As the amount of digital information increases tenfold every five years, a conservative estimate is that the amount of information we are exposed to daily has doubled over the last 20 years (1). Now, I don’t know if that is good or bad, because humans adapt. But what is happening now goes way beyond incremental growth, and this quantitative change may begin to make a qualitative difference. After all, the human mind did not evolve to ignore new information…
Minds that ignored new information – that strange shadow over by the trees, the unfamiliar rustle in the undergrowth – were pretty rapidly rooted out of the gene pool. The minds that survived were the ones that paid very close attention to the new and unfamiliar, and worried obsessively about it until they understood it.
Fast forward a million years and today we’re working away on our PC and up pops that little envelope and where does our attention go?
Right there. We attend to it immediately. (Or is that just me?)
If we find it difficult to ignore new information and then the amount of information we deal with increases, what happens to the quality of our attention? It has to become shallower and more fractured. Again I am not arguing this is good or bad, simply that this must be the case.
The Costs of Distraction
Working in a distracted way certainly makes us feel busy. But nearly all research shows that apart from some very routine tasks it is spectacularly bad for performance. Effective multitasking is almost impossible with anything involving a cognitive load* – the brain is forced to refocus continuously as one switches between tasks, and this pause always costs time and accuracy. So although we feel busy we rarely feel effective. Is it any wonder about the explosion of the use of prescription drugs like Ritalin (“for better focus”)?
In fact if we attempt to multitask the effects are the same as if we were drunk (2). In fact, it might even be better to turn up drunk, because at least that can be fun.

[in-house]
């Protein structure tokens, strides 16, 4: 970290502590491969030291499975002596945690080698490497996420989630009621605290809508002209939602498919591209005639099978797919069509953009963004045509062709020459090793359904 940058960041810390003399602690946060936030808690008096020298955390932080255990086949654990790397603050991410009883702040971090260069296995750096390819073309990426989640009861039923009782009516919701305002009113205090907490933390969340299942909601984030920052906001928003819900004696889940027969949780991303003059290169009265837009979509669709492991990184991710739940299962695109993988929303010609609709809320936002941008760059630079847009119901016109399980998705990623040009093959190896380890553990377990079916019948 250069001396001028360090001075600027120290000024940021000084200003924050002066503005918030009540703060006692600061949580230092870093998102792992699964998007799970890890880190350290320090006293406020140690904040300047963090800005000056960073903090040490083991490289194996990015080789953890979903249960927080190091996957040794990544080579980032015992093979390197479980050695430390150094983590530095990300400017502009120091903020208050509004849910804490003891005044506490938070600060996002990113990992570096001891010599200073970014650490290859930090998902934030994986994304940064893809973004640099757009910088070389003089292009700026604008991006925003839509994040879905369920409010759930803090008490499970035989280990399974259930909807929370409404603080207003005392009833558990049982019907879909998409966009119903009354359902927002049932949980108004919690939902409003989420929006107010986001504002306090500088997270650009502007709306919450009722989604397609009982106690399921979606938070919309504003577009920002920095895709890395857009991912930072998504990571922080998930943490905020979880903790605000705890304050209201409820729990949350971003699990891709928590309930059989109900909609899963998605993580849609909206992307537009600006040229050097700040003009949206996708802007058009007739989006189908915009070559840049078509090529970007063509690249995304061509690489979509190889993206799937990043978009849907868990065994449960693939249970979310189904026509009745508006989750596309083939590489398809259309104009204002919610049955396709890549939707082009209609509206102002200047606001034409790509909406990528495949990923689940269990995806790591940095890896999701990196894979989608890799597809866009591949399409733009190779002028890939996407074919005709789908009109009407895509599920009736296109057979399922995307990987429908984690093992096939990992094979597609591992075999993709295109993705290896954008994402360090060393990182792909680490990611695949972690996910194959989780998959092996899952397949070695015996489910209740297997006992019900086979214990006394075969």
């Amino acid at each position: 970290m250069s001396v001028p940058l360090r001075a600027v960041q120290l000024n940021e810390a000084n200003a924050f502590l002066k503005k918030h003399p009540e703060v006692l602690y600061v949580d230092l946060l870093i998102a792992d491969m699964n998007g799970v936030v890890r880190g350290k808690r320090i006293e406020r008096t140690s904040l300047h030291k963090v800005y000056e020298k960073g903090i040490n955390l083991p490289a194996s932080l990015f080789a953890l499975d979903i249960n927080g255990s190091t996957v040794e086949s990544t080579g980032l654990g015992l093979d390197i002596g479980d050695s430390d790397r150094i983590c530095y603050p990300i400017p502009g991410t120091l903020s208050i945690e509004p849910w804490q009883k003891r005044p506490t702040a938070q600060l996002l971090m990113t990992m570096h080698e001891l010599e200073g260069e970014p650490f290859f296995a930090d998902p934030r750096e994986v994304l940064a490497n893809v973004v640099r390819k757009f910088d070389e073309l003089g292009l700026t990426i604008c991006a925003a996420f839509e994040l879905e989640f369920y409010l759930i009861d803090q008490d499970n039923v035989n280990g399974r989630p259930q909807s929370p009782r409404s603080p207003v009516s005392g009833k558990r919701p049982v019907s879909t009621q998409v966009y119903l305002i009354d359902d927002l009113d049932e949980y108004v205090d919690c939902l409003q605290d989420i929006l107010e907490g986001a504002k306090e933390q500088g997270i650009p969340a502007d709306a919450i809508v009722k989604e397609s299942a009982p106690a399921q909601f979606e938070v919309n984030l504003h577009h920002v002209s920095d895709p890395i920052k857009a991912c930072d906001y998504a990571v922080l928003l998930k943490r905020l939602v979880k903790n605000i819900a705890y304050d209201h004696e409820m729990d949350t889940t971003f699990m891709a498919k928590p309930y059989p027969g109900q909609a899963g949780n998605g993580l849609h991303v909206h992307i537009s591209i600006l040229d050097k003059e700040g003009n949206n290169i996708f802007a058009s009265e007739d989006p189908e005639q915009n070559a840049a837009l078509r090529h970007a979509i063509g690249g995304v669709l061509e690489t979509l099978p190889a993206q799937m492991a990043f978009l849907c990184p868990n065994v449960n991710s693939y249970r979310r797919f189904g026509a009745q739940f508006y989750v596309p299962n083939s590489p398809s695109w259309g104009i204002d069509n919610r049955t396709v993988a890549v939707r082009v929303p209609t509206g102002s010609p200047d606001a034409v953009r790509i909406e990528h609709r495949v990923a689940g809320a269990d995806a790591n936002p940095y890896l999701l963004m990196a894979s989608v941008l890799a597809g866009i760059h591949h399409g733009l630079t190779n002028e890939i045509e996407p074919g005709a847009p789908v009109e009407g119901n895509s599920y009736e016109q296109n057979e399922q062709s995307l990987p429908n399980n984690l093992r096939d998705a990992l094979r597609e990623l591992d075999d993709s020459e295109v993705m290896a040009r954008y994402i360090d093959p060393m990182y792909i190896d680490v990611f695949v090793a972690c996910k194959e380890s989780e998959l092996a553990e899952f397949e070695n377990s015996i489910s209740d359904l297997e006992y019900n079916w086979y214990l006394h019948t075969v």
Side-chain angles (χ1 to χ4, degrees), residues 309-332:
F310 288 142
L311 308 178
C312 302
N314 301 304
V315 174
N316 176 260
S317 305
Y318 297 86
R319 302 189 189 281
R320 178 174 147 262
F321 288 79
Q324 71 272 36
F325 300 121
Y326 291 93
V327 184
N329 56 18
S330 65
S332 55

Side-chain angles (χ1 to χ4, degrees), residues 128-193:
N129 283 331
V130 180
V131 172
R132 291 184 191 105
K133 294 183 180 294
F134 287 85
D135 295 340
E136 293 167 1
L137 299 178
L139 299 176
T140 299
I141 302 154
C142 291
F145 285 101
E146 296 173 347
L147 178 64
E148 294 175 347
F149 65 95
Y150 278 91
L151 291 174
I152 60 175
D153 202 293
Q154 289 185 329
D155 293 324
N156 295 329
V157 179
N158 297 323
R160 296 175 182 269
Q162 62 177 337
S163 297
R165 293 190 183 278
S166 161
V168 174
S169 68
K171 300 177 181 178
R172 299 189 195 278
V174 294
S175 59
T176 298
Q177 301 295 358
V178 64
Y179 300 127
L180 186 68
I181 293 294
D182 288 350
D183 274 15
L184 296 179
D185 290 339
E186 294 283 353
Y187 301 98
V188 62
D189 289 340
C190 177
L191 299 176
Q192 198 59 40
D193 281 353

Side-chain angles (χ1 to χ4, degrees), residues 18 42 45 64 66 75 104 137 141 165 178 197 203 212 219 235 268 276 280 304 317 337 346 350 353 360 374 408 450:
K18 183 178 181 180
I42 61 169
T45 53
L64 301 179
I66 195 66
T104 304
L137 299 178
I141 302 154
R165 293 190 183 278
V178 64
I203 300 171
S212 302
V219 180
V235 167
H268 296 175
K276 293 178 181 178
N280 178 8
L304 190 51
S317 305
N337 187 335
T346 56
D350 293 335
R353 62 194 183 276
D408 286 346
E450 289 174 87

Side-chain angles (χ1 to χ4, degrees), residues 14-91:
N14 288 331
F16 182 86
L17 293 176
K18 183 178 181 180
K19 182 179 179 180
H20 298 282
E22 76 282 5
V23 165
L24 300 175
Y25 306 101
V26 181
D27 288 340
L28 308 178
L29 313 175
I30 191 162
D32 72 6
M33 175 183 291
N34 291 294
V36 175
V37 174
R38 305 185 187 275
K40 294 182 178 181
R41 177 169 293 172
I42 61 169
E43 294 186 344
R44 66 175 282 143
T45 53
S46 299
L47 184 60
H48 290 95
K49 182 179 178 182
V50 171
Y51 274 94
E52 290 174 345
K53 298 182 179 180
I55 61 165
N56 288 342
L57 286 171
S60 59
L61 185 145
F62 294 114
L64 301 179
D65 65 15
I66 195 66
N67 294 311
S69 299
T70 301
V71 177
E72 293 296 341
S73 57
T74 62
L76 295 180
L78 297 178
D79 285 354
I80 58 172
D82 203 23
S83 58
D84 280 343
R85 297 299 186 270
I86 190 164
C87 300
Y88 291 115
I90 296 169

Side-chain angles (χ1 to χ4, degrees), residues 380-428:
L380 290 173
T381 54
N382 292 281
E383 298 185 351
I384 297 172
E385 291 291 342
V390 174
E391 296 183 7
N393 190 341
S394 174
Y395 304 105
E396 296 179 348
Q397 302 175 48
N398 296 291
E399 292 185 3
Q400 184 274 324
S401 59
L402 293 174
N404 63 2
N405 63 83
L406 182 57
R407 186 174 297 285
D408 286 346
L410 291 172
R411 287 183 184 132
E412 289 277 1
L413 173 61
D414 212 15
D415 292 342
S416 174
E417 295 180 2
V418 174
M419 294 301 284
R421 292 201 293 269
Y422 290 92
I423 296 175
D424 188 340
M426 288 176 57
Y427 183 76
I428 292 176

In the short term multitasking can make us feel busy and purposeful. It can also make us feel needed and important. It can be a badge of honour to say you are busy. Being constantly distracted can also act as a barrier to dealing with difficult thoughts and emotions, so the emotional payoff can sometimes be even larger.
But what does the research say about longer term effects of distraction on our mental wellbeing?
Dan Gilbert’s lab ran a large study which is now an excellent TED talk by Matt Killingsworth. Basically, he found that the times when we were least content is when we are most distracted.
This makes sense from a theoretical perspective. High performance states involve intense focus on one thing. Flow is the best known example, a state where we lose track of time because we are so absorbed in one task. This, clearly is the opposite of distraction.
When we also consider the effects of distraction on relationships, perhaps we can begin to understand why there is an explosion in work disengagement, as well as the rate of anxiety? As Robert Leahy argues:
The average high school kid today has the same level of anxiety as the average psychiatric patient in the early 1950’s.
So how can we find focus in the age of distraction?
Well I am assuming that no one is reading any more and is instead looking at videos of funny cats. But if you are interested, I’ll post some ideas next time.
* your job involves a cognitive load
1. Institute of the Future
2. Strayer, David L., Frank A. Drews, and Dennis J. Crouch. “A Comparison of the Cell Phone Driver and the Drunk Driver.” Human Factors 48.2 (2006): 381–91.